"Now get up and stand on your feet," Jesus commanded Saul. "I have appeared to you to appoint you as a servant and as a witness of what you have seen of me and what I will show you. I will rescue you from your own people and from the Gentiles. I am sending you to them to open their eyes and turn them from darkness to light, and from the power of Satan to God, so that they may receive forgiveness of sins and a place among those who are sanctified by faith in me."[7]

Forgiveness of sins? The Gentiles? Mechanically obeying the order to rise, Saul suddenly realized that the overpowering light, now gone, had left him blind. As he put his hands to his face, he discovered, though his eyelids were open, his vision was gone, and a crusty, scaly substance was already forming around his eyes[8]



The story of God's light come down to man is, essentially, a story of transference and change. The eternal light of God has been delivered to the dark depravity of mankind through the person of Jesus Christ.

While the physical light may have temporarily returned to the glory of heaven,[9] the effect and power of that light remain behind. Because God was willing to share His light, humanity would have the opportunity to be bathed in its cleansing radiance forever.

God through Christ transfers his light into the believer. The immediate and progressive effect of this light is internal change. Then, as a result of the internal change, external changes begin to take place as the believer moves about in the world.

Of course, there is very often a level of discomfort that tags along as a companion to change.

I couldn't see the sunshine through the shadows;
I couldn't seem to find a soul to care;
Then in my darkest hour, You touched me with Your pow'r,
And when I looked Your light was everywhere.

The light of a million mornings filled my heart;
The sound of a million angels sang my song.
The warmth of a love so tender,
Touched my life and suddenly,
The light of a million mornings dawned in me.

I've never tried to understand a sunrise,
I only know it takes away the dawn;
I can't explain Your healing, or all the joy I'm feeling;
I only know You've come into my heart.

And now that Your glory has come shining through,
Let my life be a candle, Lord, that shines for You.


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Issue No. 65
April 1996


[1.] Three Men and a Baby, by David S. Lampel, commissioned by First Baptist Church, Marshalltown, Iowa, December, 1995. Order #SK13 from the His Company Catalogue (return to footnote 1)

[2.] This quotation originally read: "... so there is only one God." For the purposes of this illustration, the word "God" was changed to "Son." While this slightly changes the meaning of the quotation, the theology is not harmed. (return to footnote 2)

[3.] Acts 9:4; 22:7; 26:14. (return to footnote 3)

[4.] Acts 9:4 NASB. (return to footnote 4)

[5.] Acts 9:5 NASB. (return to footnote 5)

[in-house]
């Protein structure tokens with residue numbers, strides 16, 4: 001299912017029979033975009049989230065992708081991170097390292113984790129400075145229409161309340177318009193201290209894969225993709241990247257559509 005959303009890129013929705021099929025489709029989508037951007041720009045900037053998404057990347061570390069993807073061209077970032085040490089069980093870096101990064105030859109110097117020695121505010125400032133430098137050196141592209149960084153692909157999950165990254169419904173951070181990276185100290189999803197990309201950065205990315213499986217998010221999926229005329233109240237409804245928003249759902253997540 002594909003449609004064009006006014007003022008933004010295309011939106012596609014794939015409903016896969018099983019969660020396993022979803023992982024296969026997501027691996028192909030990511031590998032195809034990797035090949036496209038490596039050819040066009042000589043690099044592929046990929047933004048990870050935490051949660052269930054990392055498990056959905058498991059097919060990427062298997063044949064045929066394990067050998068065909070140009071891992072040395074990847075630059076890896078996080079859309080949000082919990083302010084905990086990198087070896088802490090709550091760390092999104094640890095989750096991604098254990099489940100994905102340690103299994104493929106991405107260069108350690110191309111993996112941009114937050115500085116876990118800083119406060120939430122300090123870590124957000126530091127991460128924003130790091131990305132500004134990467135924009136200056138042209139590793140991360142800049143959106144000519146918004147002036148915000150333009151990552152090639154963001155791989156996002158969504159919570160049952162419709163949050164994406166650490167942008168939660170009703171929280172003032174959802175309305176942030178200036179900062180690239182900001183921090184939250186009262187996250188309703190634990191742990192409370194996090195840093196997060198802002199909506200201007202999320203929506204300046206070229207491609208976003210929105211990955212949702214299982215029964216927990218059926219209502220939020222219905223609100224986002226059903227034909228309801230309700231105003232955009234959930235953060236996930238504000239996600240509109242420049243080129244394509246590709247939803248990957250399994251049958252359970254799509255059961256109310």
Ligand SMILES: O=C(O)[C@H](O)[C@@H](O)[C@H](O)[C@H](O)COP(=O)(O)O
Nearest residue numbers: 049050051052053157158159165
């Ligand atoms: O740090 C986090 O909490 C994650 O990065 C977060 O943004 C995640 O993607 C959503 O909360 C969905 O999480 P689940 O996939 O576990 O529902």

[6.] A.W. Tozer, The Divine Conquest (Christian Publications, 1978), p54f. (return to footnote 6)

[7.] Acts 26:16-18. (return to footnote 7)

[8.] lepis, lep-is', Greek Stg 3013; from lepo (to peel); a flake :- scale, scaly substance. See also: Tobit 3:17 - And Raphael was sent to heal them both, that is, to scale away the whiteness of Tobit's eyes, and to give Sara the daughter of Raguel for a wife to Tobias the son of Tobit; and to bind Asmodeus the evil spirit; because she belonged to Tobias by right of inheritance. The selfsame time came Tobit home, and entered into his house, and Sara the daughter of Raguel came down from her upper chamber. T it 11:12-13 - And when his eyes began to smart, he rubbed them; And the whiteness pulled away from the corners of his eyes: and when he saw his son, he fell upon his neck. (return to footnote 8)

[9.] Acts 1:9-11. (return to footnote 9)

[10.] The Light of a Million Mornings, from the musical Everlasting Light, by Claire Cloninger. (return to footnote 10)


All original material in Aspects is Copyright © 1996 David S. Lampel. This data file is the sole property of David S. Lampel. It may not be altered or edited in any way. It may be reproduced only in its entirety for circulation as "freeware," without charge. All reproductions of this data file must contain the copyright notice (i.e., "Copyright (C) 1996 David S. Lampel."). This data file may not be used without the permission of David S. Lampel for resale or the enhancement of any other product sold. This includes all of its content. Brief quotations not to exceed more than 500 words may be used, with the appropriate copyright notice, to enhance or supplement personal or church devotions, newsletters, journals, or spoken messages.

Unless otherwise indicated, all scripture is from the New International Version. NIV quotations are from the Holy Bible: New International Version, Copyright 1973, 1978, 1984 by the International Bible Society. Used by permission. NASB quotations are from the New American Standard Bible © 1960, 1962,1963, 1968, 1971, 1972, 1973, 1975, 1977 by The Lockman Foundation.